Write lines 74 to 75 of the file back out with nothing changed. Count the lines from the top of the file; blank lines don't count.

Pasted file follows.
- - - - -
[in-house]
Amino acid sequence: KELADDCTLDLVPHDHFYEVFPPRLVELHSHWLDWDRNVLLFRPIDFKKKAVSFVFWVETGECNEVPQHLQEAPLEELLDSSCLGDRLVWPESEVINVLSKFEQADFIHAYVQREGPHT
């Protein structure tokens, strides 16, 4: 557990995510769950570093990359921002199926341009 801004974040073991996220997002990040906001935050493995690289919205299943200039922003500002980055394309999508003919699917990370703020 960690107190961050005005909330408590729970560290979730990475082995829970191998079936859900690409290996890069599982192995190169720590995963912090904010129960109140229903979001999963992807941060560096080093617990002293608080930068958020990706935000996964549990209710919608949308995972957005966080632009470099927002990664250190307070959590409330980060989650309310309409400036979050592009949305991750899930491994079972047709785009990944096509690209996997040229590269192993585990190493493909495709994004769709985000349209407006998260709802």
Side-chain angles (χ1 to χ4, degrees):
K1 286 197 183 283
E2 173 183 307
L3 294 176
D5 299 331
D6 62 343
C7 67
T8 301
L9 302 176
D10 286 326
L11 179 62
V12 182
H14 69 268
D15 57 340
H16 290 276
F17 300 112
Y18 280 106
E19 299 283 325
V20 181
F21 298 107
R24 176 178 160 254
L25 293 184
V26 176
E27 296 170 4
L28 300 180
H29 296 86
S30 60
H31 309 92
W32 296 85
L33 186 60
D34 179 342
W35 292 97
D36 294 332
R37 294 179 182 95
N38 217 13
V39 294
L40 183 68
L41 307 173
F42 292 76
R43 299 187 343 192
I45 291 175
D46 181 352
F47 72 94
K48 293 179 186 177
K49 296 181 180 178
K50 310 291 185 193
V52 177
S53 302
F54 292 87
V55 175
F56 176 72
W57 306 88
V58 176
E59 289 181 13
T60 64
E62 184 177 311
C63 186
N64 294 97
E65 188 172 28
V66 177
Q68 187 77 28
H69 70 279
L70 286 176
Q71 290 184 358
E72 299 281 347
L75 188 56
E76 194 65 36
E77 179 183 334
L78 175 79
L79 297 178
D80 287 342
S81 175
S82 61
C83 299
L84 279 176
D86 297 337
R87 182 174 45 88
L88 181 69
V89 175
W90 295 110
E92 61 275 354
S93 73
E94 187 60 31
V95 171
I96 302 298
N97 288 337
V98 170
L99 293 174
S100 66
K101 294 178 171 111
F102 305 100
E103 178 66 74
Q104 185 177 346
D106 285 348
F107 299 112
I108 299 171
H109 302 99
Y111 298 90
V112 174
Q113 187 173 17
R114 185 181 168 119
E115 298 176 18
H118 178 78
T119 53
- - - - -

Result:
D80 287 342
S81 175